An Estate Planning Lawyer’s Perspective on Section 2.06 – Homestead Law

Fri 10th Jun, 2016 Estate Planning

The answer to the title question is not as clear as you think, and even many attorneys get this wrong. So, what is the answer?

The starting point is the Florida Constitution. In general, Article X, Section 4 of the Florida Constitution states that if you live in municipality (i.e., a city or town), your residences is fully protected so long as you live on less than one-half acre.  If you live outside of a city or town in an unincorporated area, your residences is fully protected so long as you live on less than 160 acres.  This protection is determined without regard to the value of the home.  To illustrate, if we compare properties within a municipality, a $3,000,000 beachfront residence on a half-acre would be fully protected, but a $300,000 inland residence on a full acre would only be partially protected.  When a residence exceeds the acreage limitation, there are two methods courts use to allow creditors to collect. First, if the property is divisible, courts will partition the property, and the portion in excess of acreage limit will be used to pay the creditor. Second, if the property is not legally divisible, courts will order a sale of the entire property and division of the proceeds between the owner and creditor.

In Duval County, determining the extent of protection is a bit complicated.  In 1968, all of Duval County (except for Jacksonville Beach, Atlantic Beach, Neptune Beach, and Baldwin) was consolidated into the City of Jacksonville.  As a result of this consolidation, all of Duval County is now within a municipality.  So, does that mean that the one-half acre homestead limitation applies to all of Duval County?  Fortunately for homeowners, the answer to this question is “No.”  As part of the 1968 consolidation, the Jacksonville City Charter was amended to clarify that homes in a “general services district” (i.e., outside of the pre-1968 municipal area) would not have their homestead protection reduced.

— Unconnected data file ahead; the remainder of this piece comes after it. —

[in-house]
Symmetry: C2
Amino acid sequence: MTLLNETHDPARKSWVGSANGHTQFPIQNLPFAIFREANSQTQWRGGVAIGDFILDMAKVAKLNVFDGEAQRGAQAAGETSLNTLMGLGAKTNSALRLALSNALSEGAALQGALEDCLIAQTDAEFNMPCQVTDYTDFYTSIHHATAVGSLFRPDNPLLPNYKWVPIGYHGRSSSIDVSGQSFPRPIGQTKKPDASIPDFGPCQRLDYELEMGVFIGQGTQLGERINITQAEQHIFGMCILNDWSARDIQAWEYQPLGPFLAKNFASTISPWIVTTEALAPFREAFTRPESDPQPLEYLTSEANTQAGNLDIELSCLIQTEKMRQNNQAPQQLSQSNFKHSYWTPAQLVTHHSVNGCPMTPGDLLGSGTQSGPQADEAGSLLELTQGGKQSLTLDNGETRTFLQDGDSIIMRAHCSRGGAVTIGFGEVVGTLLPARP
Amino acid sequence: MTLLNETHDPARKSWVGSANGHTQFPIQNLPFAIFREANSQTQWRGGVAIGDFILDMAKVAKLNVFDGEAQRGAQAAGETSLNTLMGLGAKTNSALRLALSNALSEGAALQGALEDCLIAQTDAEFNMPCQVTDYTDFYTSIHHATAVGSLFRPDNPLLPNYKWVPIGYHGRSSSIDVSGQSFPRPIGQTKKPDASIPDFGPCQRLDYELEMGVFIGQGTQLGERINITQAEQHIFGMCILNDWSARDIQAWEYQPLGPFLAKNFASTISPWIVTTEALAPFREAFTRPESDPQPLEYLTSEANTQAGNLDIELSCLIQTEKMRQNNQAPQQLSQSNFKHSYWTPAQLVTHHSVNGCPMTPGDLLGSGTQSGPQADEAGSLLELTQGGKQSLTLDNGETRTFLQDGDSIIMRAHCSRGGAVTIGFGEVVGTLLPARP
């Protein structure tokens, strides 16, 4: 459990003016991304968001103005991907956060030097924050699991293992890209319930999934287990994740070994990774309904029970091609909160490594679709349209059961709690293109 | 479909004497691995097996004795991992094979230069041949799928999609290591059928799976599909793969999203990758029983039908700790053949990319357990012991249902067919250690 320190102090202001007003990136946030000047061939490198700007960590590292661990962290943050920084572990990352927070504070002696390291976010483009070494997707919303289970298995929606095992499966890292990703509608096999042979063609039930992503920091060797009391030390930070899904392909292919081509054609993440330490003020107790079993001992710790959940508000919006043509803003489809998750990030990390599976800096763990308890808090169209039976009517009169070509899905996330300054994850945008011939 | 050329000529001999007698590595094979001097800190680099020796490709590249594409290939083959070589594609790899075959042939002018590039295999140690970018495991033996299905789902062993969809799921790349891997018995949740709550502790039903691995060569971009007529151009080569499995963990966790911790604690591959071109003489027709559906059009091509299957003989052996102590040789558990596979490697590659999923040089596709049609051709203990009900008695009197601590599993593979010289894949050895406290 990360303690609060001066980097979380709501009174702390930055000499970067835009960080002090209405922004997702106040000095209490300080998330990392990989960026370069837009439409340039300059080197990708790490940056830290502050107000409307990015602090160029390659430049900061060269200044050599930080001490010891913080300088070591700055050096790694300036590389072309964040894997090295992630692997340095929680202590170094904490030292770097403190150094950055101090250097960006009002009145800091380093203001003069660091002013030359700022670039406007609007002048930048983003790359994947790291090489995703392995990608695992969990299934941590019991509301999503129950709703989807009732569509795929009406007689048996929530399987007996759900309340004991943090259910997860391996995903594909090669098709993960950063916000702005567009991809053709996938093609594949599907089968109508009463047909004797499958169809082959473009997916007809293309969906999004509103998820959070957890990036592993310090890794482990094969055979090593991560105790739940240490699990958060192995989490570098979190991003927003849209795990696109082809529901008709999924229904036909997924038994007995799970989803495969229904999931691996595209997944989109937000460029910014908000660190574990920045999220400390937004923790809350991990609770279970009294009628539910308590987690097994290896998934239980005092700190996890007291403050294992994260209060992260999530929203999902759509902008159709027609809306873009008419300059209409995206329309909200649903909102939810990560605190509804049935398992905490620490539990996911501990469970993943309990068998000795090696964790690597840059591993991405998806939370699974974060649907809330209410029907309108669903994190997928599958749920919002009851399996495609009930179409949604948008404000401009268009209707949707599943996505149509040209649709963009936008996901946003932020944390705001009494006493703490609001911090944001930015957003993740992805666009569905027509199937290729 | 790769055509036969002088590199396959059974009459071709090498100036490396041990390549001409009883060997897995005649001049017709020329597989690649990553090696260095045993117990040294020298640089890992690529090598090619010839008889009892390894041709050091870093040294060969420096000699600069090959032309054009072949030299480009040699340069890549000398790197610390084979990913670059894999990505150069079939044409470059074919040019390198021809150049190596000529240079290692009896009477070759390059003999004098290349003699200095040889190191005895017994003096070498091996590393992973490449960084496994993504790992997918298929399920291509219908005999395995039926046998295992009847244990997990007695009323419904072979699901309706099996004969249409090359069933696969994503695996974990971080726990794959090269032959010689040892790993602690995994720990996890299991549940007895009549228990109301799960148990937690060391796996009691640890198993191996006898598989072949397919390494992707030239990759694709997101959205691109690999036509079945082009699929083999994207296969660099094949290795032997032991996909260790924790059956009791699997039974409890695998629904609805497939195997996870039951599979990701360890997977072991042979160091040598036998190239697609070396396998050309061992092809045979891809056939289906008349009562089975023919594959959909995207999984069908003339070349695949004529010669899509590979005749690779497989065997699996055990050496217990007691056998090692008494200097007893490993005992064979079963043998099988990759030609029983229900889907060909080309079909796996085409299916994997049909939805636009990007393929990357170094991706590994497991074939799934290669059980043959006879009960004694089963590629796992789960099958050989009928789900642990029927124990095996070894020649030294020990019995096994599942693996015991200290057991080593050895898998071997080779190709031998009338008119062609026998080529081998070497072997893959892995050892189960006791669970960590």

Section 2.06. – Homestead law
“That part of the general services district not included in the urban services district shall be deemed to be a rural area, and a homestead in such rural area shall not be limited as if in a city or town. Whenever any urban services district is altered, created, or expanded pursuant to this charter or legislative act, a homestead within such urban services district shall be limited as if in a city or town.”

In general, only those portions of Duval County that were previously within a municipality prior to the 1968 consolidation are subject to the one-half acre limitation.  Those portions of Duval County that were previously outside of a municipality prior to the 1968 consolidation are still subject to the 160 acre limitation.

So, how do you tell if your home is subject to the one-half acre or 160 acre exemption?  The easiest way is to visit the Duval County Property Appraiser’s website and search for your residence.  (Here is the site.)  Once you locate the page for your residence, in the “Property Detail” box (top left box), there is a row for “Tax District” (second row).  If the code for your tax district starts with the letter “U,” that means you live in an urban services district, and your residence has one-half acre of protection.  If the code for your tax district starts with the letter “G,” that means you live in a general services district, and your home has 160 acres of protection.

We hope this is helpful.  If you have specific concerns regarding the protection of your assets, please contact us for an appointment.